Home improvement continues around these parts…
I called in a contractor for shits to price out the bathroom reno I’ve been having trouble with, and of course he charged in with the rallying cries of:
Take it down to the studs!
And I get that when a place really needs to be insulated and the plumbing and wiring needs to be replaced – to a degree – but for a very simple remodel? I shudder to think what would unnecessarily be going into the landfill, and all of the older, better built things replaced with newer crappier things. But we’ll see when the quote comes in – I am willing to pay a bit more for the convenience of showering within a day or two rather than a week – and we know our limits with some plumbing re-installation, so we’ll need at least some professional help, but without seeing the quote yet, but knowing it’s going to be at least 3 times what I budgeted, I’m gearing up for another DIY job with the help of our friendly (but not cheap) plumber instead of a crew… But we’ll see.
During this process, I went to the bathroom store the contractor uses to price out the fixtures. We’re in a weird area of big wealth, muddy farmers (some wealthy too), and semi-scrappy “artists” and ageing hippies (again, either wealthy or hand-to-mouth). In our little town at the fancier hardware store and green building center, everyone is friendly and doesn’t make assumptions based on how you look on your budget – sometimes I want the fancier, better quality higher-priced things, sometimes I want the budget line, but I want to talk about both to see which is the best option. But the bathroom store was out in the vast mcmansion acres and the salesperson pegged me as a penniless shack-dweller and rushed me through to get to the next (bejeweled) customer. This sets my teeth to grind – I want to support the local businesses and I’m willing to pay a bit more for them, but when I can get the same toilet/tub/sink/faucets at the big (blue, not orange) box for a bit less and without attitude it’s hard… but one shit salesperson isn’t the whole business, so I’m thinking too much about it.
But we’re still a few weeks out on that project.
In the meantime, I finished the wood of N’s cubby for the “cloakroom.”
This coat closet added an endearing element to the house during our search – too many of these mid-century cape cods that we saw around here lacked any interesting nooks and crannies apart from the ubiquitous knee wall closets, but this place has a few more closets and turns than the others. Some days I’m tempted to put a little desk in there ala a windowless cramped dickensonian accounting office or something, and occasionally the dog wanders in to consider making it his den.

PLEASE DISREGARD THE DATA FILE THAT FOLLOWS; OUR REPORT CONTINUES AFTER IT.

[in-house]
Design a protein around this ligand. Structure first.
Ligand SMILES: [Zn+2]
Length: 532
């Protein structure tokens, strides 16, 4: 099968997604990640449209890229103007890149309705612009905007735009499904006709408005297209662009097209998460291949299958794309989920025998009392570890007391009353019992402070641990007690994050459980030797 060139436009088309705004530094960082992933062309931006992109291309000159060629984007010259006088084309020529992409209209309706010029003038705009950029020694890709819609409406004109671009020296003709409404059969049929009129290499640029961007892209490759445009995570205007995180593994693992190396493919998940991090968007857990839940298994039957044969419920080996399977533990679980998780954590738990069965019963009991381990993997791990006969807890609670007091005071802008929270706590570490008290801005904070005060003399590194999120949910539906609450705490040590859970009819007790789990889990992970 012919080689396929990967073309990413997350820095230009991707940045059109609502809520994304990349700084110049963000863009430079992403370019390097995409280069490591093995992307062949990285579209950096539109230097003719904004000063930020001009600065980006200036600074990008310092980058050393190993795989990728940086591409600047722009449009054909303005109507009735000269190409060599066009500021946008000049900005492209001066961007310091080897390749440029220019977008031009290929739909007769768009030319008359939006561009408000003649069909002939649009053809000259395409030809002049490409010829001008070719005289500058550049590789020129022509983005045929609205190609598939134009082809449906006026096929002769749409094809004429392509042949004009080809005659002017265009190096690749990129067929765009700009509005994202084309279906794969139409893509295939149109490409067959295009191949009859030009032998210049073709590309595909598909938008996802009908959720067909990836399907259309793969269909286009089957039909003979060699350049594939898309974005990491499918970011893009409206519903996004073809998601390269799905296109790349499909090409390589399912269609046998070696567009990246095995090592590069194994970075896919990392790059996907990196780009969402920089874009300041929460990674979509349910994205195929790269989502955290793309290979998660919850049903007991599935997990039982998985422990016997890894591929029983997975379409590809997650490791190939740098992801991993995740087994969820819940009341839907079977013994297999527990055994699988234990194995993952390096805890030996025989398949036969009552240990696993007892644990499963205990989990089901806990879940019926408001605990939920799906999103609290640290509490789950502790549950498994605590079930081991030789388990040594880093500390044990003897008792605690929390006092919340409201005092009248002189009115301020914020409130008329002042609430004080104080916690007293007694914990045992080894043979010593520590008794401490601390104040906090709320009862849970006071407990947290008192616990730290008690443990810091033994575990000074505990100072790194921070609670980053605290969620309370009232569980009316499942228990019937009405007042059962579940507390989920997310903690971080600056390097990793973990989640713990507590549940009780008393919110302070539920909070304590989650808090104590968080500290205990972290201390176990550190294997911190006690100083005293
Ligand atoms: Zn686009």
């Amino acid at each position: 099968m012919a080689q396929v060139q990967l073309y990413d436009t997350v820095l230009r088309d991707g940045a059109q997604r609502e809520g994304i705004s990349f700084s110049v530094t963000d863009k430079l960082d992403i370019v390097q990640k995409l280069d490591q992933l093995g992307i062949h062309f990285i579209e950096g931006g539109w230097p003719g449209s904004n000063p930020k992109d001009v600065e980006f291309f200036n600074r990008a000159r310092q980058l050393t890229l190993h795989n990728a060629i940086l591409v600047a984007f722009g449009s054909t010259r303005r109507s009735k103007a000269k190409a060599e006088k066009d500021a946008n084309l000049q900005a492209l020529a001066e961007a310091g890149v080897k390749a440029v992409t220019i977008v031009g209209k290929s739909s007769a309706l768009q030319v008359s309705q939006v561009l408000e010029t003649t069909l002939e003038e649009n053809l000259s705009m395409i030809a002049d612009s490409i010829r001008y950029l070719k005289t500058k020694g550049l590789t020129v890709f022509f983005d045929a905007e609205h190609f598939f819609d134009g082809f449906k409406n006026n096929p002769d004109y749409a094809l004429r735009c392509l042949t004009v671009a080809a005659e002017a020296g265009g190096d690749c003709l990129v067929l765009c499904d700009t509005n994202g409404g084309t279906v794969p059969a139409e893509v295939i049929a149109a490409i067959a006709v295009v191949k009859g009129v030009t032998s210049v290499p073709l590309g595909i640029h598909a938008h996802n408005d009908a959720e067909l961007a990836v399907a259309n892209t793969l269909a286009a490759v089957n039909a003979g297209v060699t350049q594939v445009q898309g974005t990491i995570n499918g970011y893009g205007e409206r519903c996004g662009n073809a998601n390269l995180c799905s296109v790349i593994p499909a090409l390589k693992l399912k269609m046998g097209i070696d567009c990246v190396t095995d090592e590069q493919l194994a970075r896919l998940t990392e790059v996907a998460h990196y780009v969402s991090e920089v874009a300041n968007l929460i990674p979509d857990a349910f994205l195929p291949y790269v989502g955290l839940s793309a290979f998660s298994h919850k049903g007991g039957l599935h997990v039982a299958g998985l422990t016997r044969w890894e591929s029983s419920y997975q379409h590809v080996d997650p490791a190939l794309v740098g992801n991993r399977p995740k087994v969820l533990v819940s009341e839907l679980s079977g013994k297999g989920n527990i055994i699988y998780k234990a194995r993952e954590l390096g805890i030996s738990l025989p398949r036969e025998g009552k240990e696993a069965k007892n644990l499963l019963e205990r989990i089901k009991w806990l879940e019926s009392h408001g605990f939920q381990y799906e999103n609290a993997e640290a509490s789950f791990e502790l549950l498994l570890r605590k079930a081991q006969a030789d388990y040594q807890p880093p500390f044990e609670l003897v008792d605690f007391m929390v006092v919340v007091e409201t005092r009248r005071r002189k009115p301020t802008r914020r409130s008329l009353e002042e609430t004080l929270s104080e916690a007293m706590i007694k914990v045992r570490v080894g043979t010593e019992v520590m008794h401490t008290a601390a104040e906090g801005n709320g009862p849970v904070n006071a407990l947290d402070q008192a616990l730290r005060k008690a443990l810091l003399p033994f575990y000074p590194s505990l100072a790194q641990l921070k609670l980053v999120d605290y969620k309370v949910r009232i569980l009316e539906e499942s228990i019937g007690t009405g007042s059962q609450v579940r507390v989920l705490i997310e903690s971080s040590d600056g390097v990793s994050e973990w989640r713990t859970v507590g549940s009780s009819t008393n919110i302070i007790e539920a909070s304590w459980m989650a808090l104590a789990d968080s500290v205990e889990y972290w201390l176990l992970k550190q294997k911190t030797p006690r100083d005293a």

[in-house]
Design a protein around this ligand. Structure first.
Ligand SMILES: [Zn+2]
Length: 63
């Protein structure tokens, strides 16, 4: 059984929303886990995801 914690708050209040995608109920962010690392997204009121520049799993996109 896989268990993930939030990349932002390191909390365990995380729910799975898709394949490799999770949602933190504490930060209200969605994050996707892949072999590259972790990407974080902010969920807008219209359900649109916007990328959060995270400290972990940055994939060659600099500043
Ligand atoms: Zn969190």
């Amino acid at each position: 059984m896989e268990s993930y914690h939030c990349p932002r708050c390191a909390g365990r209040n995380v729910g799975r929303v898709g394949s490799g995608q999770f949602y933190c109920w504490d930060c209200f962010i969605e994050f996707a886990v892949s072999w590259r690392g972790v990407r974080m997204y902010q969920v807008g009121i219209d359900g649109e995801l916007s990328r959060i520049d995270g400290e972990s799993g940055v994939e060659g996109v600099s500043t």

It still has evidence of the original children that I didn’t have the heart to paint over.
(But I did get rid of the original lime green also seen here.)
And then there are the bedroom closets that aren’t so great. One is large and was built-out with shit paneling in the ’70s or so that I painstakingly spruced up (still need a better solution for the sliding doors, but at least they’re painted nicely now) that N uses. Another is a small, but not-too-tiny size, but with a fairly narrow door that makes reaching for anything not in the middle absolutely annoying, especially before dawn. This one is mine. It is lined in thin dark plywood that should have been some sort of wallboard but wasn’t, and I should have installed some but didn’t, so I thought painting it was the best other option – a lighter color could help me see in there a bit better and the acidic wood needed to be sealed to protect my clothes.
But I should have used the shellac-based primer, but I didn’t want to get gassed out, but instead got slowly gassed out by three coats of the regular stuff… And I went against my always-should-be-followed advice against cheap paint – it’s like trying to coat the walls with skim milk even after all the primer. But I wasn’t satisfied with a fresh coat of paint and the seams caulked up – the floor was still gappy in a few places at the bottom edges and the plywood didn’t reach all the way down, or evenly.
So I added some trim – a bit of over finishing for a closet perhaps, but it’s something I feel oddly strongly about – if something looks sloppy, then it brings down the place – it shows thoughtlessness, carelessness, and makes you wonder what other hidden things are wrong like a fancy meal made with factory farm meat…
And I’d also like to pause here for some unashamed bragging – the closet floors still have the original finish on the oak , and I managed to match it perfectly – seen in the doorway and to the left. (That BFA paid off, right?) The hard wax oil I used has been holding up well and I would use it again, but I just touched up several areas of scratches after two or so years – mostly from felt furniture pads capturing a piece of grit, and a few from the dog, but his claws seem to slightly dent it more with the finish intact rather than scratching the finish off.
And now I’m waiting for paint to dry so I can put on a second, maybe third coat, let it cure, and then put it all back together (and maybe have the electrician put in a light if they’ve got a bit of time left after their next job here.)
So instead of a project that should have been done and dusted in a day and a half, it will have taken nearly all of a four day weekend and some time off of my lung lifetime.
And there’s another just like it in my workroom that is next, along with trim for the pantry, and hall (kitchen equipment) closet, and linen closet, and maybe the office, but I’d have to move the filing cabinets out first to check…
(And that big Heywood Wakefield double dresser peeking in from the left still needs to be refinished as well, but it is so impossibly heavy and it would be stupid to sand and refinish it in place, right?…)